HB2 became law in March, so here’s a quick refresher on the controversial law’s details:
It’s not just about bathrooms: The law’s best-known provision requires visitors to schools and other government facilities to use the bathroom of the gender that appears on their birth certificates.
But the law also prohibits local governments from enacting their own regulations that ban discrimination. Instead, it creates a statewide law that bans discrimination on the basis of “race, religion, color, national origin or biological sex” at businesses and other “places of public accommodation.” But those protections don’t include sexual orientation and gender identity as categories protected from discrimination.
And the law restricts local governments from regulating employment practices. Cities and counties can’t require contractors to pay specific wages or offer certain worker benefits as a condition of bidding for government work.
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HB2 has been revised, but not much: Throughout this year’s legislative session, rumors swirled about a compromise that would soften the law and perhaps avoid further economic losses like canceled sporting events.
Draft legislation circulated in June that included a proposal to offer “gender reassignment certificates” that would allow transgender people who haven’t changed the gender on their birth certificate to prove they’ve had gender reassignment surgery – and can therefore use the bathroom they prefer. In the end, legislators couldn’t agree on a compromise, and the proposal was never introduced.
Instead, lawmakers made a single tweak to HB2 in the final hours of the legislative session: They repealed a provision that limited workplace discrimination lawsuits in state courts. HB2 generally requires those lawsuits to be filed in federal courts, which is a more complicated and difficult process.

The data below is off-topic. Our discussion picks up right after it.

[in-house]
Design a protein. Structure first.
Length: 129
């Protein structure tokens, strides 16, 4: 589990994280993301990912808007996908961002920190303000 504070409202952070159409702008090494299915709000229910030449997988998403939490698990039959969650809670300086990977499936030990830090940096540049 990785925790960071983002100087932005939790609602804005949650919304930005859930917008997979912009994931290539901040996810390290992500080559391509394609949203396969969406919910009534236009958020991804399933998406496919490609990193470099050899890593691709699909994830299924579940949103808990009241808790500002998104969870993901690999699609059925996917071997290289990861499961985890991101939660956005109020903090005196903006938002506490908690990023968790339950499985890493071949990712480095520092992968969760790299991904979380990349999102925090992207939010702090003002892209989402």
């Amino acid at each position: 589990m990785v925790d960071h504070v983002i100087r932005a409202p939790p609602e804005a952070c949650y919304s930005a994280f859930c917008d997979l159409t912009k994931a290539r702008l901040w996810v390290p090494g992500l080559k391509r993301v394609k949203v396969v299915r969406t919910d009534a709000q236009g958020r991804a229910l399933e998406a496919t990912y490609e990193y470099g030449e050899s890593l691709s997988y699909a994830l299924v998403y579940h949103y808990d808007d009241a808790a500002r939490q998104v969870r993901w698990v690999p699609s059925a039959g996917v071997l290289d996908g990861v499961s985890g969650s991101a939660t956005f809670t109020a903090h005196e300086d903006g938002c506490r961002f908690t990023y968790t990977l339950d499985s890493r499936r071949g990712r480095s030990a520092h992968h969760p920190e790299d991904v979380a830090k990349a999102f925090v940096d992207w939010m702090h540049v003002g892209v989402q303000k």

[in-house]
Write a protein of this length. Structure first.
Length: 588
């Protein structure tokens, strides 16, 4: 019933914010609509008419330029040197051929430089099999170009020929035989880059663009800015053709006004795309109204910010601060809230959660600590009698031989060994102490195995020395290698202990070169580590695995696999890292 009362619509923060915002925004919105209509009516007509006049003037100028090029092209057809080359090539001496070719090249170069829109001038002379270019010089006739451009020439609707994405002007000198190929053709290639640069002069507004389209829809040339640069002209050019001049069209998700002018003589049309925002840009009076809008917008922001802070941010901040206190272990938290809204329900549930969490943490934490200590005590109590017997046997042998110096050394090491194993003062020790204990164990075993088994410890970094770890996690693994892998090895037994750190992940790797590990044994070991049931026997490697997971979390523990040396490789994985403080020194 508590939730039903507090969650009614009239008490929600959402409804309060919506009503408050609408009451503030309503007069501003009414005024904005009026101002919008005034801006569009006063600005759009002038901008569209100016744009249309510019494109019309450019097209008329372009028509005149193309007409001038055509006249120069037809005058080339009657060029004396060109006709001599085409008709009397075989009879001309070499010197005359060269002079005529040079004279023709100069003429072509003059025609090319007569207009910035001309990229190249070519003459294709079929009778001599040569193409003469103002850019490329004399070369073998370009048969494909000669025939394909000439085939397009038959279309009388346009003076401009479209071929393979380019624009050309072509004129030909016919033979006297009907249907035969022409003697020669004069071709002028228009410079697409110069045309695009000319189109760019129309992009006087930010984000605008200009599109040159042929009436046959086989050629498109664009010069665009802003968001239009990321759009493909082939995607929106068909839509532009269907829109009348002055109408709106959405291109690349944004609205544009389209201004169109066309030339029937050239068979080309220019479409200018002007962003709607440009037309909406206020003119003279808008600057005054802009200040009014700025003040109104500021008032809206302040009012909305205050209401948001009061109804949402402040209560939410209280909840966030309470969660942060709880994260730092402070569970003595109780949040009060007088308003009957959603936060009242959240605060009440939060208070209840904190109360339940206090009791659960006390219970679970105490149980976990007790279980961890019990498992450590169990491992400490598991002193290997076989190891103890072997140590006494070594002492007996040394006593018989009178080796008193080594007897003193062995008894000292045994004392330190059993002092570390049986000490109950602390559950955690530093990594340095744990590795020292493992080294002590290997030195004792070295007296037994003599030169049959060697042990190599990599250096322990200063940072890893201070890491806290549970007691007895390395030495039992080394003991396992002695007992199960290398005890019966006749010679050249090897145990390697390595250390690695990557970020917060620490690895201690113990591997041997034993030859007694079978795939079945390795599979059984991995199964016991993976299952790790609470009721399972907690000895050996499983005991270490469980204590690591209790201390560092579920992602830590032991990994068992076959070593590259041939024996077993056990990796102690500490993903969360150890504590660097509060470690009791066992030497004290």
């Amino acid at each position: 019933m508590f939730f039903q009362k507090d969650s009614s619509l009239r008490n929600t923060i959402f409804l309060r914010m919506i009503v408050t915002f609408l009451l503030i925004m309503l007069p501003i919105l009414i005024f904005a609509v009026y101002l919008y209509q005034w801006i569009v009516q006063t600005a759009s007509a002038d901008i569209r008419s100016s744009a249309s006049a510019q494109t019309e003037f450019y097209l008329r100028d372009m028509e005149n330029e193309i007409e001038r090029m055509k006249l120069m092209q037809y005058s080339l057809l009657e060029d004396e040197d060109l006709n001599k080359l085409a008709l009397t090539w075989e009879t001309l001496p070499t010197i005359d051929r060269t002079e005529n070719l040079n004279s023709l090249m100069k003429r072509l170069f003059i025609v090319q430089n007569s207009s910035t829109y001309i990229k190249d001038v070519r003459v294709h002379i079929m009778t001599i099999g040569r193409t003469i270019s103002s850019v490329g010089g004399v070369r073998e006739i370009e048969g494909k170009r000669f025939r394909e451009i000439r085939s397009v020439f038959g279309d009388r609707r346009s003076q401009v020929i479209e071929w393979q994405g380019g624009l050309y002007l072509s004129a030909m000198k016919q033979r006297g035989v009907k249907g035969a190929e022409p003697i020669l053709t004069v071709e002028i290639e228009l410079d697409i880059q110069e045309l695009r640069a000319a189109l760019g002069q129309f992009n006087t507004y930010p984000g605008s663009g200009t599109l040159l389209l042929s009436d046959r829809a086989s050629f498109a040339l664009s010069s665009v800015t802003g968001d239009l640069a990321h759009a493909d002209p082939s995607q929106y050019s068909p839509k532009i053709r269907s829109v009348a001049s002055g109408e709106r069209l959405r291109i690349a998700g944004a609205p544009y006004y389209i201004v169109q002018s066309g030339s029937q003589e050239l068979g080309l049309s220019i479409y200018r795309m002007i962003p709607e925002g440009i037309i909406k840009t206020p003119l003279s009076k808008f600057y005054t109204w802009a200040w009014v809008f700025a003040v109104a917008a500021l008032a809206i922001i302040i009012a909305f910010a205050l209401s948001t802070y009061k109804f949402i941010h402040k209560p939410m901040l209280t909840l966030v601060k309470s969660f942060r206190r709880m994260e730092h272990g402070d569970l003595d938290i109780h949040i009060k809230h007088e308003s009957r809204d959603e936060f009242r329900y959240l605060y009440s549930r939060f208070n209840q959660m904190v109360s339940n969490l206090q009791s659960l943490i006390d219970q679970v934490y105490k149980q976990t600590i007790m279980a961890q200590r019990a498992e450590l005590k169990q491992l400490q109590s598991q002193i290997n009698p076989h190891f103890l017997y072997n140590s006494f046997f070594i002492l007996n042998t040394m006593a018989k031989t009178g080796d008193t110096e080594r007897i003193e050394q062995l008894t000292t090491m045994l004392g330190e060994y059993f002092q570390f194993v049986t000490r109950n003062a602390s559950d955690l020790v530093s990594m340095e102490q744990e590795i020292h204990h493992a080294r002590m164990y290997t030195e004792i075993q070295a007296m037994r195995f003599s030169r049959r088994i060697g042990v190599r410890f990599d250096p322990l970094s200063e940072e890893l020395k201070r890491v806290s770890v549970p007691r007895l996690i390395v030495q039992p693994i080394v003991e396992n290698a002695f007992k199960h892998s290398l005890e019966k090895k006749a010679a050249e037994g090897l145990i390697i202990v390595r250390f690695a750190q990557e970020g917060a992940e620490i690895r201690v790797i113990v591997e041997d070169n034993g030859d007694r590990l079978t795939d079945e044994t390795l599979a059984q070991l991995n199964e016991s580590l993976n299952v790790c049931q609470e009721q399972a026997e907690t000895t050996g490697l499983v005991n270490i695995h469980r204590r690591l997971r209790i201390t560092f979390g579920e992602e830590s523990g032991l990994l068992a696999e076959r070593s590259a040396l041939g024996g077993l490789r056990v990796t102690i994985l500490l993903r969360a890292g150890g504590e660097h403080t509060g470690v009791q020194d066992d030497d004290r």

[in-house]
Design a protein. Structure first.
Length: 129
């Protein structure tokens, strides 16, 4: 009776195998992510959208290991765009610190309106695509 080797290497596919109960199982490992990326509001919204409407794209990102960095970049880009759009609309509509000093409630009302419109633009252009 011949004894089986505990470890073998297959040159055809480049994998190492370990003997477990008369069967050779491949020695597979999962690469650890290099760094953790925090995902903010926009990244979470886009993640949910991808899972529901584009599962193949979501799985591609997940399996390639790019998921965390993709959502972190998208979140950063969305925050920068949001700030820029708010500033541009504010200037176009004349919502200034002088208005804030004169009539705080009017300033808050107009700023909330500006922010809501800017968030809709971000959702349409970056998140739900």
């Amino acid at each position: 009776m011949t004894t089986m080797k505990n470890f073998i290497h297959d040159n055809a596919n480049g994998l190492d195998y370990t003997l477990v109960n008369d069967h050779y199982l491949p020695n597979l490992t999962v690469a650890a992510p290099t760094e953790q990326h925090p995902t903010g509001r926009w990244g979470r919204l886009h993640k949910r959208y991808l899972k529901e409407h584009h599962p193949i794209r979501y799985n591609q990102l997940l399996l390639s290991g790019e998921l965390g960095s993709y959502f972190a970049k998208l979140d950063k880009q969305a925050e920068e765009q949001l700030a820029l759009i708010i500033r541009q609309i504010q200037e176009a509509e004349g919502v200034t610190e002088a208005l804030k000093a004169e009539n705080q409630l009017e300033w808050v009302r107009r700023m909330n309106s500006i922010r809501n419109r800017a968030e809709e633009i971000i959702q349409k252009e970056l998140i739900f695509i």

Conflicting statements about who wrote HB2: Gov. Pat McCrory during the summer said the N.C. Chamber of Commerce “helped write” two parts of the bill, but the group says that’s not true.
McCrory didn't elaborate on the comment, which put him at odds with the state’s largest pro-business organization.
Several of the non-bathroom provisions first surfaced on the final day of the 2015 legislative session in an 11th-hour bill that ultimately failed to win enough support in the House.
Controversy started in Charlotte: Legislators scheduled the special session to pass HB2 shortly after the Charlotte City Council approved a new nondiscrimination ordinance on Feb. 22.
The ordinance added sexual orientation and gender identity to protected categories, and it allowed transgender people to use the bathroom of the gender they identify with – both in government facilities and in “places of public accommodation,” such as restaurants and hotels.
“This action of allowing a person with male anatomy, for example, to use a female restroom or locker room will most likely cause immediate state legislative intervention, which I would support as governor,” McCrory wrote to Charlotte leaders shortly before the ordinance was approved.